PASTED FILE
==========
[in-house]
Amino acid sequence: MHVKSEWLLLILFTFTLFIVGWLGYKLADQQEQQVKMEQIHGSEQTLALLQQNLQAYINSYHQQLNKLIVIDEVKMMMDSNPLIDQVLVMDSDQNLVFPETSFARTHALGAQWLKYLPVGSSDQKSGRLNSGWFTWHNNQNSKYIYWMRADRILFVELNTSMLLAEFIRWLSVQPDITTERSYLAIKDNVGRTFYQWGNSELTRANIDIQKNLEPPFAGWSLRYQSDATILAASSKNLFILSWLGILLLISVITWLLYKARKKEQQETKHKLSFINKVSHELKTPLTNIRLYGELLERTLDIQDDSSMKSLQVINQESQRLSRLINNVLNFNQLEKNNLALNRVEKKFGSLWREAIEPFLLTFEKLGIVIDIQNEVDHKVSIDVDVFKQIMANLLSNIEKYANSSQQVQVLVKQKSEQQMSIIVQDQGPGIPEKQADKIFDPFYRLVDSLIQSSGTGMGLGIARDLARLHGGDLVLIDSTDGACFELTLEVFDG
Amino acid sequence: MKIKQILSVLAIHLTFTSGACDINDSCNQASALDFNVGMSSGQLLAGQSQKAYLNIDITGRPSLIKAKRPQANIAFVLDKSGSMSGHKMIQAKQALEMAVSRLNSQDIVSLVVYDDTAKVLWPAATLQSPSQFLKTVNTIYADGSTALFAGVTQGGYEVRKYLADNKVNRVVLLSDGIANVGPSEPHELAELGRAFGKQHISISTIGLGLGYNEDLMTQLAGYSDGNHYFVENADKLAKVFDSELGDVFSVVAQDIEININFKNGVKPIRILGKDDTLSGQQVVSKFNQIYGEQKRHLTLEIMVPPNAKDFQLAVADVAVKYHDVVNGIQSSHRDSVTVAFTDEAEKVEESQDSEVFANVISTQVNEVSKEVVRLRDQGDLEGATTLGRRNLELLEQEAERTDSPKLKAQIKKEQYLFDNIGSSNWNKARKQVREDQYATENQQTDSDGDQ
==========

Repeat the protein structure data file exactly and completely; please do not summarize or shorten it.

[in-house]
Amino acid sequence: MHVKSEWLLLILFTFTLFIVGWLGYKLADQQEQQVKMEQIHGSEQTLALLQQNLQAYINSYHQQLNKLIVIDEVKMMMDSNPLIDQVLVMDSDQNLVFPETSFARTHALGAQWLKYLPVGSSDQKSGRLNSGWFTWHNNQNSKYIYWMRADRILFVELNTSMLLAEFIRWLSVQPDITTERSYLAIKDNVGRTFYQWGNSELTRANIDIQKNLEPPFAGWSLRYQSDATILAASSKNLFILSWLGILLLISVITWLLYKARKKEQQETKHKLSFINKVSHELKTPLTNIRLYGELLERTLDIQDDSSMKSLQVINQESQRLSRLINNVLNFNQLEKNNLALNRVEKKFGSLWREAIEPFLLTFEKLGIVIDIQNEVDHKVSIDVDVFKQIMANLLSNIEKYANSSQQVQVLVKQKSEQQMSIIVQDQGPGIPEKQADKIFDPFYRLVDSLIQSSGTGMGLGIARDLARLHGGDLVLIDSTDGACFELTLEVFDG
Amino acid sequence: MKIKQILSVLAIHLTFTSGACDINDSCNQASALDFNVGMSSGQLLAGQSQKAYLNIDITGRPSLIKAKRPQANIAFVLDKSGSMSGHKMIQAKQALEMAVSRLNSQDIVSLVVYDDTAKVLWPAATLQSPSQFLKTVNTIYADGSTALFAGVTQGGYEVRKYLADNKVNRVVLLSDGIANVGPSEPHELAELGRAFGKQHISISTIGLGLGYNEDLMTQLAGYSDGNHYFVENADKLAKVFDSELGDVFSVVAQDIEININFKNGVKPIRILGKDDTLSGQQVVSKFNQIYGEQKRHLTLEIMVPPNAKDFQLAVADVAVKYHDVVNGIQSSHRDSVTVAFTDEAEKVEESQDSEVFANVISTQVNEVSKEVVRLRDQGDLEGATTLGRRNLELLEQEAERTDSPKLKAQIKKEQYLFDNIGSSNWNKARKQVREDQYATENQQTDSDGDQ